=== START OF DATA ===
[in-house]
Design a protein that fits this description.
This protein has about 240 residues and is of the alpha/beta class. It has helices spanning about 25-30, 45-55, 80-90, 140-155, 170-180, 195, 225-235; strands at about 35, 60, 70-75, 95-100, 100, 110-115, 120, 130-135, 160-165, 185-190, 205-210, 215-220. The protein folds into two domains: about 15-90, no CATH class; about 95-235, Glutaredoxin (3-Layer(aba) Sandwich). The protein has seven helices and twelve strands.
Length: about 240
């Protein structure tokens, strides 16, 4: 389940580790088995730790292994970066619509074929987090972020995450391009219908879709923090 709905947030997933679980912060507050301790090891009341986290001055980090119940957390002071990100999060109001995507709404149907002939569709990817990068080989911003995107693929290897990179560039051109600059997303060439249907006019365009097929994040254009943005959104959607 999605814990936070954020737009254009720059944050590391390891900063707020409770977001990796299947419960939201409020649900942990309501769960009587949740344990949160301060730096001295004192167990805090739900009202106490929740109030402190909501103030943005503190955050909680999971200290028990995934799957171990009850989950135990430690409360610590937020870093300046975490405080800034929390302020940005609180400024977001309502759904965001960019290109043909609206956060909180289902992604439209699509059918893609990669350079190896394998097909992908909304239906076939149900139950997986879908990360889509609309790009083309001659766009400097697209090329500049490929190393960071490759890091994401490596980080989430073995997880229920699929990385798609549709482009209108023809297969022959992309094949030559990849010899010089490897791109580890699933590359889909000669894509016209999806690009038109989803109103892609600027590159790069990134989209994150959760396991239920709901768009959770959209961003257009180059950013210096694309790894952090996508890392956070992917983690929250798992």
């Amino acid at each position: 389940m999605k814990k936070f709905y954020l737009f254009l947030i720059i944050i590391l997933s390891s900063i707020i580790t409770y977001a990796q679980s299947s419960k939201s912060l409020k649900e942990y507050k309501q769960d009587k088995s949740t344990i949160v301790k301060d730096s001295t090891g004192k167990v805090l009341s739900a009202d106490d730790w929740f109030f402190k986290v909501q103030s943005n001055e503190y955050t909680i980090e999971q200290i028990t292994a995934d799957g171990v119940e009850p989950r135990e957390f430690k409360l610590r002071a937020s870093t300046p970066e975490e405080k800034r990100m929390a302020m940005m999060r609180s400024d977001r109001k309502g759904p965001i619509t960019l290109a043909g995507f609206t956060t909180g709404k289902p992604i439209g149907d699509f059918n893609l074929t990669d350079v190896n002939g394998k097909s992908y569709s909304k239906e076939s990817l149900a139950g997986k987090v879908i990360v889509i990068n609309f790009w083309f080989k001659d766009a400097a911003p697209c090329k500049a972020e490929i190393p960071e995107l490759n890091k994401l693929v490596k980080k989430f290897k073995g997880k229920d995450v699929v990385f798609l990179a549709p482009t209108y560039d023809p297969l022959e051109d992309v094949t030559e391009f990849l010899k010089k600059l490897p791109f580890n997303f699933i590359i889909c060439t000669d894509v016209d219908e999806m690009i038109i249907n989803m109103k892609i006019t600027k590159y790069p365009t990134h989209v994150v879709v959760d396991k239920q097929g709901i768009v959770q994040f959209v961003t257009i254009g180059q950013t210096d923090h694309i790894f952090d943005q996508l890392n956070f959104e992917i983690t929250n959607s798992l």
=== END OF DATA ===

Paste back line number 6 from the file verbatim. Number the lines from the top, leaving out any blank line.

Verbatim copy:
């Amino acid at each position: 389940m999605k814990k936070f709905y954020l737009f254009l947030i720059i944050i590391l997933s390891s900063i707020i580790t409770y977001a990796q679980s299947s419960k939201s912060l409020k649900e942990y507050k309501q769960d009587k088995s949740t344990i949160v301790k301060d730096s001295t090891g004192k167990v805090l009341s739900a009202d106490d730790w929740f109030f402190k986290v909501q103030s943005n001055e503190y955050t909680i980090e999971q200290i028990t292994a995934d799957g171990v119940e009850p989950r135990e957390f430690k409360l610590r002071a937020s870093t300046p970066e975490e405080k800034r990100m929390a302020m940005m999060r609180s400024d977001r109001k309502g759904p965001i619509t960019l290109a043909g995507f609206t956060t909180g709404k289902p992604i439209g149907d699509f059918n893609l074929t990669d350079v190896n002939g394998k097909s992908y569709s909304k239906e076939s990817l149900a139950g997986k987090v879908i990360v889509i990068n609309f790009w083309f080989k001659d766009a400097a911003p697209c090329k500049a972020e490929i190393p960071e995107l490759n890091k994401l693929v490596k980080k989430f290897k073995g997880k229920d995450v699929v990385f798609l990179a549709p482009t209108y560039d023809p297969l022959e051109d992309v094949t030559e391009f990849l010899k010089k600059l490897p791109f580890n997303f699933i590359i889909c060439t000669d894509v016209d219908e999806m690009i038109i249907n989803m109103k892609i006019t600027k590159y790069p365009t990134h989209v994150v879709v959760d396991k239920q097929g709901i768009v959770q994040f959209v961003t257009i254009g180059q950013t210096d923090h694309i790894f952090d943005q996508l890392n956070f959104e992917i983690t929250n959607s798992l």